You’ve just finished your funding round, well done! You have been successful in searching for business angels, making sure you speak to them the right way, setting up your funding round and raising the funds that will get you to your next milestones! You must be wondering what’s next. In our Startup Survival blog series, we’re sharing 5 things to do after fundraising. Keep on reading.
1. Appreciate and acknowledge all the investors that participated in the round
It’s often useful to try and get all your investors together in a meeting. Often that’s not possible, but you can share a welcome email, and eventually have a call with them separately to say thank you. Whatever you do: it’s important that the investors realize you are welcoming them into the broader team.
2. Lay the groundwork for longer-term interactions and support
If you haven’t already, you should let the investors know how you would like to shape the collaboration. For example, you can communicate that you’re going to have a quarterly strategy session or that you’ll share monthly updates, or that you’ll take feedback through regular informal meetings. Make sure to maintain good relations with all your current investors and keep an eye on the potential ones for future rounds.
3. Focus on making your progress trackable and transparent
Professionalise your reporting, data and metrics tracking. Invest your time in creating clear dashboards and tracking key metrics that drive your success. That will give you a grip on your growth. Once you get money, you need to step up your game when it comes to professionalism. Any investor deserves an immediate, clear and accurate answer when they ask what progress you are making.
4. Don’t go crazy with money
Once you get serious money, you also want to get a serious cash management structure in place. On an operational level, you should probably keep doing what you’re doing, just enable your rising growth. We’ve seen too many startups who got some money and overspent on a nicer workspace or expensive but under-used software subscriptions. You think you might need this for quicker growth, but is that really the case? A mature business has to be very good at controlling the cash burn, and that’s, even more, the case for a startup that is loss-making. Just because you have money doesn’t mean you have to spend it. Every cent counts: it might seem that upgrading a software subscription plan is not such a big deal, but keep in mind that these things tend to add up if you upgrade all your plans. You want to keep that startup mentality of trying to save costs where you can while scaling up. That puts your company on the right trajectory towards financial maturity, as a profit-making business.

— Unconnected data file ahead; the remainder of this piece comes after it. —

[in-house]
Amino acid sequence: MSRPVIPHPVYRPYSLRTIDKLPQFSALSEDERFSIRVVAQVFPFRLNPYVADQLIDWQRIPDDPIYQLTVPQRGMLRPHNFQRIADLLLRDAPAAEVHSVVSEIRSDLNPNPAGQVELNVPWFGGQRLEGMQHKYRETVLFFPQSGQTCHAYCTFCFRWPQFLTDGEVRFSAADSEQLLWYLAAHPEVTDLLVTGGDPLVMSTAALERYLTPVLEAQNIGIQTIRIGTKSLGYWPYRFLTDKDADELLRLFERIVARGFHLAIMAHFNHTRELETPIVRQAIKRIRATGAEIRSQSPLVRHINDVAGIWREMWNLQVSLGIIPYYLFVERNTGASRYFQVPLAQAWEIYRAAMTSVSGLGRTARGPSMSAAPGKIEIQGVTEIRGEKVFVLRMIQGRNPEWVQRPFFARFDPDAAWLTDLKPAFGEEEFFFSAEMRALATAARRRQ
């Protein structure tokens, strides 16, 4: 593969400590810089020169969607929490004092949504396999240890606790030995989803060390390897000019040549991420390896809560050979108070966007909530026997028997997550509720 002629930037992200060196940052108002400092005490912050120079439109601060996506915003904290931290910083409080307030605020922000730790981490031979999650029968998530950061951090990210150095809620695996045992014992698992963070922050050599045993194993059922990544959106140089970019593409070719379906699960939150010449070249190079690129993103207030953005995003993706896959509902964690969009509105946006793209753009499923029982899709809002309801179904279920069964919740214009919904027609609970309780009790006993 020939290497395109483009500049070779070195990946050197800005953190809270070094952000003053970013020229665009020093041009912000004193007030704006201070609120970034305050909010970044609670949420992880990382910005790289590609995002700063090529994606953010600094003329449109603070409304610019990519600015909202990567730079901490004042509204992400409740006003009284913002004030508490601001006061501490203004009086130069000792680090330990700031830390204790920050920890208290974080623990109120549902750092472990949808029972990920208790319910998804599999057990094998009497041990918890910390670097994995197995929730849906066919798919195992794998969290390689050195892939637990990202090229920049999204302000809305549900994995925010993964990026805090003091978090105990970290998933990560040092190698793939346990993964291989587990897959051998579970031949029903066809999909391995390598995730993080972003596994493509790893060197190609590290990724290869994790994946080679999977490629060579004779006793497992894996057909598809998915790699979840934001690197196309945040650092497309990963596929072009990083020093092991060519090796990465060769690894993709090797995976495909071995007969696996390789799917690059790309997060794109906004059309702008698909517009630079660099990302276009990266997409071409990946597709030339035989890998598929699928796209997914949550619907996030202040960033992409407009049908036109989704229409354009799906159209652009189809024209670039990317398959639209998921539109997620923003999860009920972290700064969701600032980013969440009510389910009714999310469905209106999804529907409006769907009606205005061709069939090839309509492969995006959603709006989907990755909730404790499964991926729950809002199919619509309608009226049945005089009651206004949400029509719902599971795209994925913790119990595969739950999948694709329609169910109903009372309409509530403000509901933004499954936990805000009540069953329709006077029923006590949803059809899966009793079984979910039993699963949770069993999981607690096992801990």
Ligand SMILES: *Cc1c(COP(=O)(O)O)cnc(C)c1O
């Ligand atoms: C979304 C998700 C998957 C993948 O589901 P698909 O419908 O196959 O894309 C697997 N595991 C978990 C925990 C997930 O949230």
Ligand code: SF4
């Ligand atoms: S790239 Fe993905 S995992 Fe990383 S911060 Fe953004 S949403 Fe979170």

5. Think about your next funding round
If your next funding round is an A round, you want to start making your hit list of potential VCs. You should talk to them months, even years, in advance of raising your round. If it’s an angel round, you want to get a grip on the funnel of potential new angels and keep communicating that you’re making the progress that you are making to your existing angels to keep them involved.
A cash-out is bad for your company, and you should aim to keep your operations running smoothly whilst you raise the next round. You should start with preparations well in advance to make sure that any unplanned delays don’t actually sink you. Leapfunder makes the process of fundraising as smooth as possible, so feel free to get in touch with us well in advance of an intended funding round. We can react very quickly if it’s an emergency, but we naturally prefer a planned course of action.
Sometimes you meet entrepreneurs who seem to think that building a business is about getting successive funding rounds. So it’s also a good idea to think about whether you even really need that next funding round. You might be able to bootstrap your company. Somewhere along the line, you’re going to need to stop raising money! Normally it’s better to do that earlier rather than later. Remember: selling your product is always cooler than selling your shares.
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